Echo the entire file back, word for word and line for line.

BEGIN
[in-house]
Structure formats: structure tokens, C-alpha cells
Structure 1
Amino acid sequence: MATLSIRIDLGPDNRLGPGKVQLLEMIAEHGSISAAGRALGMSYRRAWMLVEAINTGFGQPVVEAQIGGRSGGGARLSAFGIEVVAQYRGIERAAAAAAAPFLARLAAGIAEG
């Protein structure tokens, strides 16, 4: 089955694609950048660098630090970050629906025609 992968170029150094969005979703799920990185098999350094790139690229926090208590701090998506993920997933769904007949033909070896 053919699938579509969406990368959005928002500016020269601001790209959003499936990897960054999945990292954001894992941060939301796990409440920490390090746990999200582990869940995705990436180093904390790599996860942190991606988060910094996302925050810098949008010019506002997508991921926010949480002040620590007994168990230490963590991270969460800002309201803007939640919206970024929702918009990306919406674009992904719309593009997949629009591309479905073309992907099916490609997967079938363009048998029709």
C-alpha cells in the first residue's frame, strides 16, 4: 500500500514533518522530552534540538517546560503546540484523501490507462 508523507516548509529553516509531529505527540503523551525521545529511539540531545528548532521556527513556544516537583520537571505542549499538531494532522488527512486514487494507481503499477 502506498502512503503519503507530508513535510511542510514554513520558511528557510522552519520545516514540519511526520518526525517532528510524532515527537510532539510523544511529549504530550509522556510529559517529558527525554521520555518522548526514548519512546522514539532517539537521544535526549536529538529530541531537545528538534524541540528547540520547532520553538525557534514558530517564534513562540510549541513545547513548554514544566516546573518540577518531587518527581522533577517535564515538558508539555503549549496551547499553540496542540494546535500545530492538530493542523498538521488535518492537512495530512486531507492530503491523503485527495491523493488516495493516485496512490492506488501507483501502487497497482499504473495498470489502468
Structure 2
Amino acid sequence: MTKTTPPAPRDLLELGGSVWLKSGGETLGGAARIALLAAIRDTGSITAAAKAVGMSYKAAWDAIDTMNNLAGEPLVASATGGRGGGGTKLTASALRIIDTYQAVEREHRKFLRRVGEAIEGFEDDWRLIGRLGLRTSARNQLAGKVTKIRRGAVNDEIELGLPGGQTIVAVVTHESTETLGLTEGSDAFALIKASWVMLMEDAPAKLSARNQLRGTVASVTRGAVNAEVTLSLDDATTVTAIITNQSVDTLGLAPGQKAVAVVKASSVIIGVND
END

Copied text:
[in-house]
Structure formats: structure tokens, C-alpha cells
Structure 1
Amino acid sequence: MATLSIRIDLGPDNRLGPGKVQLLEMIAEHGSISAAGRALGMSYRRAWMLVEAINTGFGQPVVEAQIGGRSGGGARLSAFGIEVVAQYRGIERAAAAAAAPFLARLAAGIAEG
């Protein structure tokens, strides 16, 4: 089955694609950048660098630090970050629906025609 992968170029150094969005979703799920990185098999350094790139690229926090208590701090998506993920997933769904007949033909070896 053919699938579509969406990368959005928002500016020269601001790209959003499936990897960054999945990292954001894992941060939301796990409440920490390090746990999200582990869940995705990436180093904390790599996860942190991606988060910094996302925050810098949008010019506002997508991921926010949480002040620590007994168990230490963590991270969460800002309201803007939640919206970024929702918009990306919406674009992904719309593009997949629009591309479905073309992907099916490609997967079938363009048998029709």
C-alpha cells in the first residue's frame, strides 16, 4: 500500500514533518522530552534540538517546560503546540484523501490507462 508523507516548509529553516509531529505527540503523551525521545529511539540531545528548532521556527513556544516537583520537571505542549499538531494532522488527512486514487494507481503499477 502506498502512503503519503507530508513535510511542510514554513520558511528557510522552519520545516514540519511526520518526525517532528510524532515527537510532539510523544511529549504530550509522556510529559517529558527525554521520555518522548526514548519512546522514539532517539537521544535526549536529538529530541531537545528538534524541540528547540520547532520553538525557534514558530517564534513562540510549541513545547513548554514544566516546573518540577518531587518527581522533577517535564515538558508539555503549549496551547499553540496542540494546535500545530492538530493542523498538521488535518492537512495530512486531507492530503491523503485527495491523493488516495493516485496512490492506488501507483501502487497497482499504473495498470489502468
Structure 2
Amino acid sequence: MTKTTPPAPRDLLELGGSVWLKSGGETLGGAARIALLAAIRDTGSITAAAKAVGMSYKAAWDAIDTMNNLAGEPLVASATGGRGGGGTKLTASALRIIDTYQAVEREHRKFLRRVGEAIEGFEDDWRLIGRLGLRTSARNQLAGKVTKIRRGAVNDEIELGLPGGQTIVAVVTHESTETLGLTEGSDAFALIKASWVMLMEDAPAKLSARNQLRGTVASVTRGAVNAEVTLSLDDATTVTAIITNQSVDTLGLAPGQKAVAVVKASSVIIGVND